Meanwhile, the Bible is a favorite attack point of skeptics and our kids will have ample opportunity to hear how it’s an ancient, irrelevant book filled with inaccuracies and contradictions. If you’re not regularly studying the Bible with your kids, there’s a good chance they’ll eventually stop caring what it has to say. (See my article, Don’t Expect Your Kids to Care What the Bible Says Unless You’ve Given Them Reason to Believe It’s Truefor more on this.)

Parents must proactively and regularly ask their kids what questions they have about faith.

In a secular world, where kids are constantly hearing competing worldviews, questions are guaranteed to arise continually. But there are many reasons kids may never actually ask them—they have too many other things going on, they’re afraid of your reaction, or they are simply not interested enough to bring them up.

In our house, we’ve implemented a scheduled “questions night” to help with this. You can read about how to start your own in my article, How to Get Your Kids to Ask More Questions about Their Faith.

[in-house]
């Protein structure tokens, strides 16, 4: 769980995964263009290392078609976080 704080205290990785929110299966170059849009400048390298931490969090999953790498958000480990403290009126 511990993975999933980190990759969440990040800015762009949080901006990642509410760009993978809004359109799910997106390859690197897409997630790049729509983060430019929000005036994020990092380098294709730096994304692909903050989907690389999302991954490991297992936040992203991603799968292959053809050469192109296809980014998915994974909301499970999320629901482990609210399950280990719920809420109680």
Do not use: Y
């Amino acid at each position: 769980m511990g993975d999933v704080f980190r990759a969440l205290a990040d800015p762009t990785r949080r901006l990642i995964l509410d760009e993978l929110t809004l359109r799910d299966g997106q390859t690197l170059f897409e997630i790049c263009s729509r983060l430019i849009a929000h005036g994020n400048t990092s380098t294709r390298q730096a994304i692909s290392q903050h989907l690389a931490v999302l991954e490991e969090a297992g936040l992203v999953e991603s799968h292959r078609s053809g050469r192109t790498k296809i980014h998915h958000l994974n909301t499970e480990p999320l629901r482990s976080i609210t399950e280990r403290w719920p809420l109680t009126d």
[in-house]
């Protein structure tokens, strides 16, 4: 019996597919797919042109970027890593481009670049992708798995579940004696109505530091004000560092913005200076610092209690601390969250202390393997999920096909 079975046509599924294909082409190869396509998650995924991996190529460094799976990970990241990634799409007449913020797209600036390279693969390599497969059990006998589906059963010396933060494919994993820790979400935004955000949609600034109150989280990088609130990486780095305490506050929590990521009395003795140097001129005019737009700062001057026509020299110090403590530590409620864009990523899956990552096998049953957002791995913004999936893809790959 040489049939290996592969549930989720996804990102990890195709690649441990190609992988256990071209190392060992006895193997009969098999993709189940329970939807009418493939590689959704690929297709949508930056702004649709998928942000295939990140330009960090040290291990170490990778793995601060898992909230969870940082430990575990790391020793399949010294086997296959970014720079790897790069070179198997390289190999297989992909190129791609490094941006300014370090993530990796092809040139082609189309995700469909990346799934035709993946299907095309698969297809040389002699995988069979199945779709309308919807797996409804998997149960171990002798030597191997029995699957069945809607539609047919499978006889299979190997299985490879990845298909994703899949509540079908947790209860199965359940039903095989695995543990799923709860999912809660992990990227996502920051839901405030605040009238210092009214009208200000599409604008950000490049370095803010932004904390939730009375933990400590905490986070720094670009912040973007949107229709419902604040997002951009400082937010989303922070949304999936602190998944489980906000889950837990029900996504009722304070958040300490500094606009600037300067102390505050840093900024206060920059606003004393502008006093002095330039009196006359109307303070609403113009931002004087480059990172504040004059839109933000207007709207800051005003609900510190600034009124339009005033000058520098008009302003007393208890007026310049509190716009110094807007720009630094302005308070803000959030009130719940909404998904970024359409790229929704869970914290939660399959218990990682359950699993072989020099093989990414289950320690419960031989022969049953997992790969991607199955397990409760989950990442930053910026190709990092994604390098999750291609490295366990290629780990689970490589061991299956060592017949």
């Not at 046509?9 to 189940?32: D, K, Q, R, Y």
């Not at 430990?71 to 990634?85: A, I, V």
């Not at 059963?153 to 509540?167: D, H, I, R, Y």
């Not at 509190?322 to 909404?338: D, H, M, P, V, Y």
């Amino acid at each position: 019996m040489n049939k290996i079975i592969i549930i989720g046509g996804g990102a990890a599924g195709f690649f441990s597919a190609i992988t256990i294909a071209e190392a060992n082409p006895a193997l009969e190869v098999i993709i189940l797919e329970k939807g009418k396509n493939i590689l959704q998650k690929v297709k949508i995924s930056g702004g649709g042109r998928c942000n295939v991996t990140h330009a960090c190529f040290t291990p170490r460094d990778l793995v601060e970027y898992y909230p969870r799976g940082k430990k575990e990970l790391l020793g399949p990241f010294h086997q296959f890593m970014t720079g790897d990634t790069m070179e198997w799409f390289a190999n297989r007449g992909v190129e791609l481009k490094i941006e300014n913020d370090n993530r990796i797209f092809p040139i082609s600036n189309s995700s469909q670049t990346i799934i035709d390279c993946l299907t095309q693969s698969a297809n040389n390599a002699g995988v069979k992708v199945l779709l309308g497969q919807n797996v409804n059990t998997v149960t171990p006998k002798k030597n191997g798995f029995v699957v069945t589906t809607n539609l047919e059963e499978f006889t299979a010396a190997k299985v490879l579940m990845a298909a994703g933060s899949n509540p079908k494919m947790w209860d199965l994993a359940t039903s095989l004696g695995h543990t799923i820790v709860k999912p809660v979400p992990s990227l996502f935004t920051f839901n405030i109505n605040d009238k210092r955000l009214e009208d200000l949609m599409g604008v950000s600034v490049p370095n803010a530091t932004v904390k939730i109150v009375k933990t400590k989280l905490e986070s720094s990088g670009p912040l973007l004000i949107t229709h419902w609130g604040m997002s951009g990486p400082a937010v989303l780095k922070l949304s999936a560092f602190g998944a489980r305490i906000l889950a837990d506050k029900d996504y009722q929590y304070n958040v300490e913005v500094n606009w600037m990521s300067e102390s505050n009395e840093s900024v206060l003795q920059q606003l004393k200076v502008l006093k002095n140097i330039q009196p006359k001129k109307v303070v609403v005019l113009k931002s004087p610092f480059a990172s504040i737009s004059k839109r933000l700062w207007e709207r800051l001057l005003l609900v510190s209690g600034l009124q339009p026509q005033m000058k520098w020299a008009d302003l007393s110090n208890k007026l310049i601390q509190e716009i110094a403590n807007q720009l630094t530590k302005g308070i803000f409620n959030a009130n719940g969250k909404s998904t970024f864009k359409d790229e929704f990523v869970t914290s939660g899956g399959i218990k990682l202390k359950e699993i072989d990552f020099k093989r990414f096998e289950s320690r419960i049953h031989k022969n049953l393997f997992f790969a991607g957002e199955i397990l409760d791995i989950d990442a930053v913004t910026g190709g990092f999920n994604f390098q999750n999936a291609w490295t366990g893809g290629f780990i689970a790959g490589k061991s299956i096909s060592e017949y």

Parents must ask their kids the tough questions they don’t think to ask.

If you regularly encourage your kids to ask questions about faith (see point 4), you’ll have lots of great conversations. But many questions that are important for kids to understand in preparation for the secular world they’ll encounter are ones that might never cross their mind to ask. For example, most kids don’t think to ask how we know the Bible we have today says what the authors originally wrote. But that doesn’t mean they won’t almost certainly encounter skeptics who tell them the Bible is completely untrustworthy for that reason. Just as we don’t wait for our kids to ask questions about World War II before deciding when, what, and how to teach them about it, we shouldn’t wait until our kids encounter challenges before we address them. They’ll undoubtedly hear about these topics from skeptics at some point, so there’s no reason they shouldn’t hear about them from us first.